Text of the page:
Sub Pop, 2011
REVIEW BY: Sean McCarthy
ORIGINALLY PUBLISHED: 10/18/2011
The keyboard, especially '80s-era keyboard, has to be the most derided instrument in rock – so much to the point where if an album features keyboards on it, its artistic credibility comes into question. One of the best examples of how keyboards can affect an album's artistic credibility is with Bruce Springsteen's Born In The USA. While still hailed as a masterpiece, the majority of music "purists" will publically say that the stripped-down (and keyboardless) Nebraska was the superior work.
The most telling example this year of how the use of keyboard can damage an album's credibility came with Bon Iver's self-titled album. For nine tracks, listeners were treated to Justin Vernon's delicate, emotive songwriting. But on the final track "Beth/Rest," the song begins with an '80s-era Chicago-like keyboard. The use of keyboards left people wondering if this was a joke or Bon Iver's courageous declaration of his love for some types of music that are ridiculed by the ever-judgmental hipster community.
The fact that "Beth/Rest" could actually be a controversial song is humorous. What's even more humorous is that a genuinely good album can automatically be lumped into "guilty pleasure" territory, just because of its incorporation of an instrument. Enter Handsome Furs' Sound Kapital.
Sound Kapital quickly became a refuge for fans of Wolf Parade, which Dan Boeckner heads along with Handsome Furs. The year, Boeckner announced an indefinite hiatus with Wolf Parade. While Boeckner has juggled both bands for the past few years, it appears now that Handsome Furs is a full-time gig.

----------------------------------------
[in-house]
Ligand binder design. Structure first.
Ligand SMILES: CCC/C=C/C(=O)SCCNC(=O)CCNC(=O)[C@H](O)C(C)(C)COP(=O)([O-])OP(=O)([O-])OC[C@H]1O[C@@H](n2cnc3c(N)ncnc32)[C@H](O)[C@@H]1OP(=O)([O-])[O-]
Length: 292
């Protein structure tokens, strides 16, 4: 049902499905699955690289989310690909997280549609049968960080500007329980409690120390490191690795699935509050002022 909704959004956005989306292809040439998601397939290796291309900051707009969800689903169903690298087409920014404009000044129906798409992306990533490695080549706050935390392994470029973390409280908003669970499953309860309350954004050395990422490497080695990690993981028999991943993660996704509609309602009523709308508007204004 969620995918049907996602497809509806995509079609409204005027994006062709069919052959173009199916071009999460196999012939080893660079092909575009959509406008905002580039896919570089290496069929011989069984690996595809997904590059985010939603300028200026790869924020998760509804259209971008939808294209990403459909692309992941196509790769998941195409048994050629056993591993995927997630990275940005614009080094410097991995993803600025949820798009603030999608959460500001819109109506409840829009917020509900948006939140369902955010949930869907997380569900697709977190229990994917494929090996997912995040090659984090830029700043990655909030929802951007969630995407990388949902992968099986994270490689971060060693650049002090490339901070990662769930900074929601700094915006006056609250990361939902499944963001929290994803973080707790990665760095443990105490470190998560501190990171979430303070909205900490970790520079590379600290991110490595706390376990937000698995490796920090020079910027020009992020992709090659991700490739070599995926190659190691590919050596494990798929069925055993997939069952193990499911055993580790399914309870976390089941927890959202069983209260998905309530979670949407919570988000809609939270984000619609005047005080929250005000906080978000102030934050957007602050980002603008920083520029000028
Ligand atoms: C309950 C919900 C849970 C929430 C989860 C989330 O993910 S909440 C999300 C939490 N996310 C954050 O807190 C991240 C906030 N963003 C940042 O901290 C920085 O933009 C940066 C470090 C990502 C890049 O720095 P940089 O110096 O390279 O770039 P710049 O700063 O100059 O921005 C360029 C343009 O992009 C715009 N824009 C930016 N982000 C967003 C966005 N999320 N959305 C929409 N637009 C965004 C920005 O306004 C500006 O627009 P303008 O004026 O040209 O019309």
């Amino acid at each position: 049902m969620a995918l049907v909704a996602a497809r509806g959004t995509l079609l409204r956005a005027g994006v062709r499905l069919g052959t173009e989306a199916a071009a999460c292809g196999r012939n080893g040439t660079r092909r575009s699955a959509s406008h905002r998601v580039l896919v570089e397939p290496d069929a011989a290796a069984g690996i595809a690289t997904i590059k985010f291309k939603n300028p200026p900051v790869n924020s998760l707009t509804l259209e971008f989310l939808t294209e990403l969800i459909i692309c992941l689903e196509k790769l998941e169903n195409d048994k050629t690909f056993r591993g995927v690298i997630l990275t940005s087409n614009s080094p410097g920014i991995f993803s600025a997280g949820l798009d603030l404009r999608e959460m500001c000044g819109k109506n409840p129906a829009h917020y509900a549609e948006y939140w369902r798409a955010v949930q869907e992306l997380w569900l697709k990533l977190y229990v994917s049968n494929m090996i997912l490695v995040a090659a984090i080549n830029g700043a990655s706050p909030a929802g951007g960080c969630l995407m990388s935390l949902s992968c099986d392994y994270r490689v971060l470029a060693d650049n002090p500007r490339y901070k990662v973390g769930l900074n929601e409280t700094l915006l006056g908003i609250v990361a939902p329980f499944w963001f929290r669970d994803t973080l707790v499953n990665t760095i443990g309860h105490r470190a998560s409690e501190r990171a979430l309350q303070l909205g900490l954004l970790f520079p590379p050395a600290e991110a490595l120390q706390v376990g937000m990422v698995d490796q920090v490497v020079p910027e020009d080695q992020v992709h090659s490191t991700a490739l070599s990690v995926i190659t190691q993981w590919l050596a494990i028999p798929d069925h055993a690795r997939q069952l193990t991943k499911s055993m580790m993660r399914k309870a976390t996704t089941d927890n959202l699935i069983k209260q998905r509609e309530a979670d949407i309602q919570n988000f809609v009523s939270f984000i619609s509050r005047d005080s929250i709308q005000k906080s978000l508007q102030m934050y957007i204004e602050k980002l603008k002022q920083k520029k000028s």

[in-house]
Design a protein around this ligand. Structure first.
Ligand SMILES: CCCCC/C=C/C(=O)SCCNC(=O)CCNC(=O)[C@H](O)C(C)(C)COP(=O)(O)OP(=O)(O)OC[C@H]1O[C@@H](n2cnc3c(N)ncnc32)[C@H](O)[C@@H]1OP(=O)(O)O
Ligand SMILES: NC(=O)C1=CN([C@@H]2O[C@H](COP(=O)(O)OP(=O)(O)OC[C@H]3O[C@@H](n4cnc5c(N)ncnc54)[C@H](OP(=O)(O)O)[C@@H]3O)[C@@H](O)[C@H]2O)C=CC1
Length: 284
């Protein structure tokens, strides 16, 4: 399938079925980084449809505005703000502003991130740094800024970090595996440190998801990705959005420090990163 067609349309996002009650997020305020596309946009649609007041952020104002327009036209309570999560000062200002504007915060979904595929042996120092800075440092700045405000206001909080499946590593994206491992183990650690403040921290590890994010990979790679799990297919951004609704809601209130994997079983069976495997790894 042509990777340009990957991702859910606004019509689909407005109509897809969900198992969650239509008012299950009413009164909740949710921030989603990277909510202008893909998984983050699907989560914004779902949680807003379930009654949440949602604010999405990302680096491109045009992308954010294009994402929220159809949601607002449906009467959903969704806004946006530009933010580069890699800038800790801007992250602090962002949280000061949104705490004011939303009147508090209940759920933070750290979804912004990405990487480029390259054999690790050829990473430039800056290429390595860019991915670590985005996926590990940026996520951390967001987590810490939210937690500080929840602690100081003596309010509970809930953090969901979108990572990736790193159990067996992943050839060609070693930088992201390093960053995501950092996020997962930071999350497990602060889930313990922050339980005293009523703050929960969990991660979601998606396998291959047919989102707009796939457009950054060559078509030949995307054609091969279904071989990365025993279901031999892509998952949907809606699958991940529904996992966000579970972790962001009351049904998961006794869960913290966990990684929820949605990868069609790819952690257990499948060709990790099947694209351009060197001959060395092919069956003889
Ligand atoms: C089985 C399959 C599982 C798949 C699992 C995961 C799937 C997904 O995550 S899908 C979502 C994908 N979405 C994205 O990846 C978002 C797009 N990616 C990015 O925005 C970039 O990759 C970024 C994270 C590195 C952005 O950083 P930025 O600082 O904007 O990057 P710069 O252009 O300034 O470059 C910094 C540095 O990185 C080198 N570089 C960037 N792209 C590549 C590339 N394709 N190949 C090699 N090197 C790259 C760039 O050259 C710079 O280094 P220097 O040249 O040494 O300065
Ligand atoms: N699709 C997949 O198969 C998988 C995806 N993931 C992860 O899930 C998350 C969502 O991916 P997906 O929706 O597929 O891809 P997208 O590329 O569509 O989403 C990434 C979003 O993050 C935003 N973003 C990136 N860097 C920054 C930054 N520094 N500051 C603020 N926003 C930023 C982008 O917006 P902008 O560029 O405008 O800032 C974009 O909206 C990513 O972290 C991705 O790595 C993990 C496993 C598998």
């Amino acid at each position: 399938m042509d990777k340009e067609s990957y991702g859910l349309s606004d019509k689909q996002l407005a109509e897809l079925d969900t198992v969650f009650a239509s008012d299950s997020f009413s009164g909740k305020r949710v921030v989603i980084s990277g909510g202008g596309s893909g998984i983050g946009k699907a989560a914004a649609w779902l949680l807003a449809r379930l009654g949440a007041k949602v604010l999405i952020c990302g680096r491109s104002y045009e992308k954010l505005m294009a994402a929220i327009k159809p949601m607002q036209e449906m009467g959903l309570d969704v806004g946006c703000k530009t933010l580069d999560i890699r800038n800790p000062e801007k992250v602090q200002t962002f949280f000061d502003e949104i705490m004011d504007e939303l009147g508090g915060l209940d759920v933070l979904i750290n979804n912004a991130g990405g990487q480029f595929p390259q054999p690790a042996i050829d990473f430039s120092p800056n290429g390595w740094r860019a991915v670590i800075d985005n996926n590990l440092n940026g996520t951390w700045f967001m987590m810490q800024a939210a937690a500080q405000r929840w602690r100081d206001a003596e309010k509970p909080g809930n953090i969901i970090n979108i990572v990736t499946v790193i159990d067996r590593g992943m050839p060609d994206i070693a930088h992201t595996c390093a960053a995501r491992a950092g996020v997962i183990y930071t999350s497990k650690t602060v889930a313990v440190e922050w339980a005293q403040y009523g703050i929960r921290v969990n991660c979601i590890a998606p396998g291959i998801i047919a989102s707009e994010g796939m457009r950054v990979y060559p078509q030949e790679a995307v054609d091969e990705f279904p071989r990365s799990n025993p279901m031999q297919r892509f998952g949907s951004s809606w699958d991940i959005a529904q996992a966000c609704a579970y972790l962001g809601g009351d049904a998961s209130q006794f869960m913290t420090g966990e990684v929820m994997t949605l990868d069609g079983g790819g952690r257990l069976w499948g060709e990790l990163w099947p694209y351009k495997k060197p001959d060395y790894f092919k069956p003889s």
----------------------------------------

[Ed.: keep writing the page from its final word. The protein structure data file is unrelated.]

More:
The writing on Sound Kapital was heavily influenced from Boeckner and keyboardist Alexei Perry's (also Boeckner's wife) trip to Asia, namely Myanmar. Opening track "When I Get Back" has a fun, bouncing, clapping introduction with a far more sober chorus: "When I get back home / I won't be the same no more." In the song "Repatriated," the throbbing techno beat seems best suited for a packed club on a Saturday night, but the defiant chorus "I'll never be repatriated" is straight out of a street protest.
The entire album veers dangerously close into naïveté with such heart-on-the-sleeve lyrics like "So no more howling at the weather / No more bad dreams kicking." On "Serve The People," the chorus "You don't serve the people" would be laughable at the hands of lesser bands, but Handsome Furs' sharp, cutting musicianship makes it work, miraculously enough.
The knee-jerk reaction of Sound Kapital is "it's a great guilty pleasure album." That statement does the album a disservice, however. The urgent, pulsating "Bury Me Standing" hits like a jackknife. "Damage" whips itself into a frenzy, amplified by Boeckner's guitar. Sound Kapital definitely carries a torch for some of the sounds of the '80s, but the execution is done so well, it doesn't need defending. As one of the surprises of 2011, Sound Kapital can be enjoyed without fear of reprisal.
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